Many communities have land where a previous user left chemicals that pollute the soil and water. These sites, called brownfields, often pose health hazards. The vacant land also is unsightly and drains the communitys economy.
Local public officials, especially in small towns, may not have the technical knowledge or may not understand how to manage brownfield redevelopment. Usually, unless the brownfield site is an obvious health or safety hazard or unless an owner or private developer wishes to redevelop the property, it sits idle.
A recent report from the Illinois Institute for Rural Affairs (IIRA) at Western Illinois University examines 25 Illinois municipalities with 37 brownfield redevelopment projects. Brownfields can become an economic development asset, especially in cities with a substantial demand for developable commercial or industrial property. The municipalities in the study effectively made this transition; returns on their investment were substantial.
Attitudes and approaches toward brownfield remediation and redevelopment changed during the 1990s as a strong economy caused developers to seek potential sites in strategic locations. Because many industrial properties were among the first urban developments, they are often in downtowns with infrastructure and high-density traffic. Thus, some brownfields are strategically located for redevelopment.
The attitude of state and federal personnel toward brownfields also has changed. These sites are increasingly recognized for their job creation and investment potential, which are important motivators for remediation and redevelopment to remove health and safety hazards. Officials also acknowledge, however, that a fear of potential liability for owners of brownfields put these sites at a disadvantage, compared with greenfield properties.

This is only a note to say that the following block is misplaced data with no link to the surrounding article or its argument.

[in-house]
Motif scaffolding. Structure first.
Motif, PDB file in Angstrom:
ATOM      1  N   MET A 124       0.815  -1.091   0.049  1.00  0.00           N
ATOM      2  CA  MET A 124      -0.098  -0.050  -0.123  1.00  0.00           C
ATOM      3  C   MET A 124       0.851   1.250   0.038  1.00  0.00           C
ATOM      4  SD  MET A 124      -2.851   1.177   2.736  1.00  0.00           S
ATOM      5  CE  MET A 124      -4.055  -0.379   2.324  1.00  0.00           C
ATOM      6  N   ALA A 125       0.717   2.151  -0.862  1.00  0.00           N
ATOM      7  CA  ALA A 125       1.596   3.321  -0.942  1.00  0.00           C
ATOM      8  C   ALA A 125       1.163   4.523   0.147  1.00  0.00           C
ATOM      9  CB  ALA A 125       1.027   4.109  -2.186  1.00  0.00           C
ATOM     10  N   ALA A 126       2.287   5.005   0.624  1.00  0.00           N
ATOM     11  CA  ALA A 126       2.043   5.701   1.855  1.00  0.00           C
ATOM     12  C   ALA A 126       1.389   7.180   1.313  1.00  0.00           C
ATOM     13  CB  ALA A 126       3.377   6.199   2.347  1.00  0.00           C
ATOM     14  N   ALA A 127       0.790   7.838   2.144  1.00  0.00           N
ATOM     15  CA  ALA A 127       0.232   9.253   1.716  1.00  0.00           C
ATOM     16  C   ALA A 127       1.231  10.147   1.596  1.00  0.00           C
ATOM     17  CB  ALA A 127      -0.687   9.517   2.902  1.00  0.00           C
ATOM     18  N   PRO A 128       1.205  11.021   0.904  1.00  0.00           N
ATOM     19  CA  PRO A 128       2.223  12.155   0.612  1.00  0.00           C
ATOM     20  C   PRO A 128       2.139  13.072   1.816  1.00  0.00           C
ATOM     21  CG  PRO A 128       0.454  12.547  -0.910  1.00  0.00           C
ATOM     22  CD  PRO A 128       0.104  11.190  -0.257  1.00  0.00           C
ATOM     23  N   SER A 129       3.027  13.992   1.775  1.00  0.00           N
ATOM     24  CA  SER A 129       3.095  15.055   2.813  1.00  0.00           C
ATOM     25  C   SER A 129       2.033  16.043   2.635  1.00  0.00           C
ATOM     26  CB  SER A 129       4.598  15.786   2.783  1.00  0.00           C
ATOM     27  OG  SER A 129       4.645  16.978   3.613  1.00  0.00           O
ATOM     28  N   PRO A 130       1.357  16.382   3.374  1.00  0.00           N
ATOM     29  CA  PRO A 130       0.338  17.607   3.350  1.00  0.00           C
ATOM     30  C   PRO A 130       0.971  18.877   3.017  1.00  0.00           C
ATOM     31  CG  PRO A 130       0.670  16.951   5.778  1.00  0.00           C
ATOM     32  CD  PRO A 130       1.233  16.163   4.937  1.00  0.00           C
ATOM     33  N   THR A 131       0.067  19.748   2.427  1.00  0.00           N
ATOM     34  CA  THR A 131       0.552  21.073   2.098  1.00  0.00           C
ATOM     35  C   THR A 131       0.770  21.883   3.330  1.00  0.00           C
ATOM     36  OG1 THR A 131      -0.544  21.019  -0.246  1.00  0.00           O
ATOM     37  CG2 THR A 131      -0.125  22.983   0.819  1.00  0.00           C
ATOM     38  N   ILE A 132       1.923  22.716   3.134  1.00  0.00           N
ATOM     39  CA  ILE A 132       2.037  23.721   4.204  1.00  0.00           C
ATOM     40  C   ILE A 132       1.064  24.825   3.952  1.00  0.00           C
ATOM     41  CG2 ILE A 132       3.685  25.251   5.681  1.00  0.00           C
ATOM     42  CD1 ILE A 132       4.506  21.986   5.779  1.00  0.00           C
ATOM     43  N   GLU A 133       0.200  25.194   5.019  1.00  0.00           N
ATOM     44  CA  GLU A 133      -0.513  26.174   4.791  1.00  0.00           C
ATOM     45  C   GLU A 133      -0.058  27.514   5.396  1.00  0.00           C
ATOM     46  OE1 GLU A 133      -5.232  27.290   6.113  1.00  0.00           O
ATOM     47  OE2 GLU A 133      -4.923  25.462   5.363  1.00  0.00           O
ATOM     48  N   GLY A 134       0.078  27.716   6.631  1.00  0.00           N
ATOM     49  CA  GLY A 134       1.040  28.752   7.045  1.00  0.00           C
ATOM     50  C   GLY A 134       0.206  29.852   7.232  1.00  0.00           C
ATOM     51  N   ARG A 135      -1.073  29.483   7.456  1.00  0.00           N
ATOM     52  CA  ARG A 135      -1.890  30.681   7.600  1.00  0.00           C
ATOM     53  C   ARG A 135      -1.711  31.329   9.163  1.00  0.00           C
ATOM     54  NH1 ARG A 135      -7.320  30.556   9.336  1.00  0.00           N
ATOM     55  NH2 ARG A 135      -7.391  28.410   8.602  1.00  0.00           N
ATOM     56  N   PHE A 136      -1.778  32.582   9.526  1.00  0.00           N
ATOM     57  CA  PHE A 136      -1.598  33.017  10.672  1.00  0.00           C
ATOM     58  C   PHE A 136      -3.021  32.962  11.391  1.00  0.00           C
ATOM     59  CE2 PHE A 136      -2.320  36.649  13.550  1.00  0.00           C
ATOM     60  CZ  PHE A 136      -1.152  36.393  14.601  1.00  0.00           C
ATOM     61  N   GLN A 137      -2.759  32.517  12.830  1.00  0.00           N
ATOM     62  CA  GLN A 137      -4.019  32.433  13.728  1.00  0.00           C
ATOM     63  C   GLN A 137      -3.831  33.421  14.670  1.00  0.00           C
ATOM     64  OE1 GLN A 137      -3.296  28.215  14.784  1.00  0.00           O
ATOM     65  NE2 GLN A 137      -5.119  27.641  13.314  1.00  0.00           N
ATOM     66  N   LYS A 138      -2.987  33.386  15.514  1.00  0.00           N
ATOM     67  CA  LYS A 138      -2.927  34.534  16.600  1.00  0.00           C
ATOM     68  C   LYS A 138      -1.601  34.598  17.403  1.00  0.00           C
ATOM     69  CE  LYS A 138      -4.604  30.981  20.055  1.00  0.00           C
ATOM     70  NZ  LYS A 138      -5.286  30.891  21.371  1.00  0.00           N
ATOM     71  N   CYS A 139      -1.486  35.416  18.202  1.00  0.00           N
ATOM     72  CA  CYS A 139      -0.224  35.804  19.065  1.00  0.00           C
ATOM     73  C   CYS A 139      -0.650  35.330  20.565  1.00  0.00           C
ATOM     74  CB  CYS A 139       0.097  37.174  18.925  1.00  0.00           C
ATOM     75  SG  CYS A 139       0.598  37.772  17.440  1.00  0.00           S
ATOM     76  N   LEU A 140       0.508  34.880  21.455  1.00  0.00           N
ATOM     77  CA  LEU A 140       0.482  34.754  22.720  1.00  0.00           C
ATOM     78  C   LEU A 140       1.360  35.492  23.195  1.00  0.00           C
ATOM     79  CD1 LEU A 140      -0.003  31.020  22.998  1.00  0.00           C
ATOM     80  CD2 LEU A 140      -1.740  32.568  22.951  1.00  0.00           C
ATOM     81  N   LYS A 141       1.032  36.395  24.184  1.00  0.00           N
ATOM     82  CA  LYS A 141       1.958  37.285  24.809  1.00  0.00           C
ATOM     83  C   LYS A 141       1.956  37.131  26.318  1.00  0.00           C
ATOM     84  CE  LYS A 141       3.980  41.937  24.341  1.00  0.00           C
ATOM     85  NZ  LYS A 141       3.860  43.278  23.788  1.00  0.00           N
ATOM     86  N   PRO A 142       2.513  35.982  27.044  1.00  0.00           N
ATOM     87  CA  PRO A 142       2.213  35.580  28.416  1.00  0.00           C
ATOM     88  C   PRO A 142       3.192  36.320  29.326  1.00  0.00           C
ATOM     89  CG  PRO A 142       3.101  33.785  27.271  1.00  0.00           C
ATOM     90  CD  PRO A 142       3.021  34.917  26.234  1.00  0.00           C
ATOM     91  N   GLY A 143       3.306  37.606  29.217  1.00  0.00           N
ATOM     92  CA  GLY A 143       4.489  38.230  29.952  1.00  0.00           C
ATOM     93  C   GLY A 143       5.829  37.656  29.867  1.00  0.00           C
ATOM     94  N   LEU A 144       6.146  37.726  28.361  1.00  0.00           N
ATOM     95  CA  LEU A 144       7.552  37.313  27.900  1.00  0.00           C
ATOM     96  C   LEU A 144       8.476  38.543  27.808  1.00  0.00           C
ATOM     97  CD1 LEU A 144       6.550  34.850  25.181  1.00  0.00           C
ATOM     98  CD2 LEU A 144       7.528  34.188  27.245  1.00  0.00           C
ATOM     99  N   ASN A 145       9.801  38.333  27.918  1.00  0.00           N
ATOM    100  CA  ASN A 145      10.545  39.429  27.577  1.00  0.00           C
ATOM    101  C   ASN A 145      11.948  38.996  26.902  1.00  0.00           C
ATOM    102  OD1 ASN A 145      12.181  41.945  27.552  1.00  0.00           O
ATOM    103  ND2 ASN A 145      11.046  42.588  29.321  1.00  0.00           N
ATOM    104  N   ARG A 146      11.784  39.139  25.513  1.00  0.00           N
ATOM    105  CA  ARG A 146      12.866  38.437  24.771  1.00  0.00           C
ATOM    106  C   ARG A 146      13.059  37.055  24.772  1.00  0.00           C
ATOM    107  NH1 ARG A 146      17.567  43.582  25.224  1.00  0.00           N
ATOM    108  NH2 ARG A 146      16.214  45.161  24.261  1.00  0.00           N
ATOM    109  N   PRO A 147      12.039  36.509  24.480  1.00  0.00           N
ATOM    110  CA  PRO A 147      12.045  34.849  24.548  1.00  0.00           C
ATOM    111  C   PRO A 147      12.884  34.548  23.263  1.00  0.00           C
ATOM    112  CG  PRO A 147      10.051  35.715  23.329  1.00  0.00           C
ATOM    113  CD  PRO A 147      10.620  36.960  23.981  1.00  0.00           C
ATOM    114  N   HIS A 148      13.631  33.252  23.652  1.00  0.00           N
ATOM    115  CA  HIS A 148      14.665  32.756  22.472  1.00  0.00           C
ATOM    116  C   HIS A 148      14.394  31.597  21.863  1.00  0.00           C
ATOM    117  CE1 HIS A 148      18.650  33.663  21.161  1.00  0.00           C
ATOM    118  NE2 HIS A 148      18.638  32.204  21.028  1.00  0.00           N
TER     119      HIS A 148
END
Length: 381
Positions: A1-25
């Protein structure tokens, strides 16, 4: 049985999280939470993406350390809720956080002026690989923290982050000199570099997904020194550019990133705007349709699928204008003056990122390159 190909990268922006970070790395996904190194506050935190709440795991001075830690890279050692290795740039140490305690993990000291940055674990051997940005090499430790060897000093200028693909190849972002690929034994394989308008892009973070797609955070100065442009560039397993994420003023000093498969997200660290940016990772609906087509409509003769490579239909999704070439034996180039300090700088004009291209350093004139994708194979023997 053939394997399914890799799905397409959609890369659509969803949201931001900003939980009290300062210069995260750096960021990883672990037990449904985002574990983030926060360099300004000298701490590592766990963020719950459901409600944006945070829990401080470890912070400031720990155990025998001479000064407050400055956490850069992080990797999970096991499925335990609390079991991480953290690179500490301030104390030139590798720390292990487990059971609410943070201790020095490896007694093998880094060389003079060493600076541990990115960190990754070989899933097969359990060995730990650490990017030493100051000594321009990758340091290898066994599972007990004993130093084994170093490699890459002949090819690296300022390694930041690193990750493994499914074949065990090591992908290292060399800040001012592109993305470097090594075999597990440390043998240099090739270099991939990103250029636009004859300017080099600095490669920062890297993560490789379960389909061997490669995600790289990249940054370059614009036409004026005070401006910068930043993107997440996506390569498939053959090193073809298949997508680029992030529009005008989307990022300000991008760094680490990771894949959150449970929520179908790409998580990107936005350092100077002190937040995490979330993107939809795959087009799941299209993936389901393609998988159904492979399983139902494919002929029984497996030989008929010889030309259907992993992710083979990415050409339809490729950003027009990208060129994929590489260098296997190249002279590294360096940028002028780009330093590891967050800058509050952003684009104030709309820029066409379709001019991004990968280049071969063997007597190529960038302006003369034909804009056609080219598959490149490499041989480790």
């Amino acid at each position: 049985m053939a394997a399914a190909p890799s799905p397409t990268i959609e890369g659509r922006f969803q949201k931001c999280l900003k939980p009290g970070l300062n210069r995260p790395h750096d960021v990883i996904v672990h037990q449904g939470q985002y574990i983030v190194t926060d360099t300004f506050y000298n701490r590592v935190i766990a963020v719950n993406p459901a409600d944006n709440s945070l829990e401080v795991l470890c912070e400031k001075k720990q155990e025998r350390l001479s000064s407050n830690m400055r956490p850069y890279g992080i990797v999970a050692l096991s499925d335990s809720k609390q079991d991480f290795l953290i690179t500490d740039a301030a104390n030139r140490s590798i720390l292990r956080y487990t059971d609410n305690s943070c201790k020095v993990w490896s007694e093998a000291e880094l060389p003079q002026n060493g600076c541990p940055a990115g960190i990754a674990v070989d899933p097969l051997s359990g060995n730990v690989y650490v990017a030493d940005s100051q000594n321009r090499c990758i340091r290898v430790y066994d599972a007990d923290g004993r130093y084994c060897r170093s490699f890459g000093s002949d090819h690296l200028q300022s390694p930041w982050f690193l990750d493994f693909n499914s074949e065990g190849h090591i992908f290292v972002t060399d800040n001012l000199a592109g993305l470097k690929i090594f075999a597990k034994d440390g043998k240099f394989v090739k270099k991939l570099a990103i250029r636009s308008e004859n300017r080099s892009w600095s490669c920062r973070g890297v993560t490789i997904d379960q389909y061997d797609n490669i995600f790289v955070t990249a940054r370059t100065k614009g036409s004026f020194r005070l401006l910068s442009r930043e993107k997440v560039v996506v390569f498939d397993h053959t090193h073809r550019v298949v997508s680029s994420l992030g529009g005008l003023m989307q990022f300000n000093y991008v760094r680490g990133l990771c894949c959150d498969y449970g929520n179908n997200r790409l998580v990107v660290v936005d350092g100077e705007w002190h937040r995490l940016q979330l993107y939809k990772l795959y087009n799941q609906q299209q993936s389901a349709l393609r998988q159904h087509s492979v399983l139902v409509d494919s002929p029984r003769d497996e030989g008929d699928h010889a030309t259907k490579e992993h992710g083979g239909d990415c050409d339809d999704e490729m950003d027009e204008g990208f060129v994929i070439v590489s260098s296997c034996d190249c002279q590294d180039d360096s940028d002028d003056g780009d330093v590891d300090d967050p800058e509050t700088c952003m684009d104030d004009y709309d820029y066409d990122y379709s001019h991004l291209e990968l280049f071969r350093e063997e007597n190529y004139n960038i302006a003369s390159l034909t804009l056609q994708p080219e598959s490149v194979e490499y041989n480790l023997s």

Legislative changes and more aggressive state-level technical assistance programs by state agencies are helping local public officials and business developers better navigate brownfield redevelopment. In Illinois, the state Environmental Protection Agency has been a strong partner in these community and economic development efforts. The technical assistance provided in negotiating the brownfield redevelopment process and the financial assistance used in the assessment processes have been invaluable in helping communities initiate successful redevelopment efforts.
Municipal officials now see brownfields as more than a contamination removal concern; instead, they see them as viable properties for development. But development costs of brownfield sites can be substantially higher, and these costs must be offset in some way if the sites are to compete with greenfield sites on the edge of the city.
The study was a collaborative research effort involving the Illinois Environmental Protection Agency, the Illinois Municipal League, the Western Illinois Regional Council, and the IIRA. A copy of the report can be obtained at http://www.iira.org/pubsnew/publications/IIRA_RRR_640.pdf.
Tim Collins is the assistant director of the Illinois Institute for Rural Affairs at Western Illinois University. For more information about the Illinois Institute for Rural Affairs, visit www.IIRA.org or call Collins at 800-526-9943 or e-mail email@example.com.
From the Sept. 14-20, 2005, issue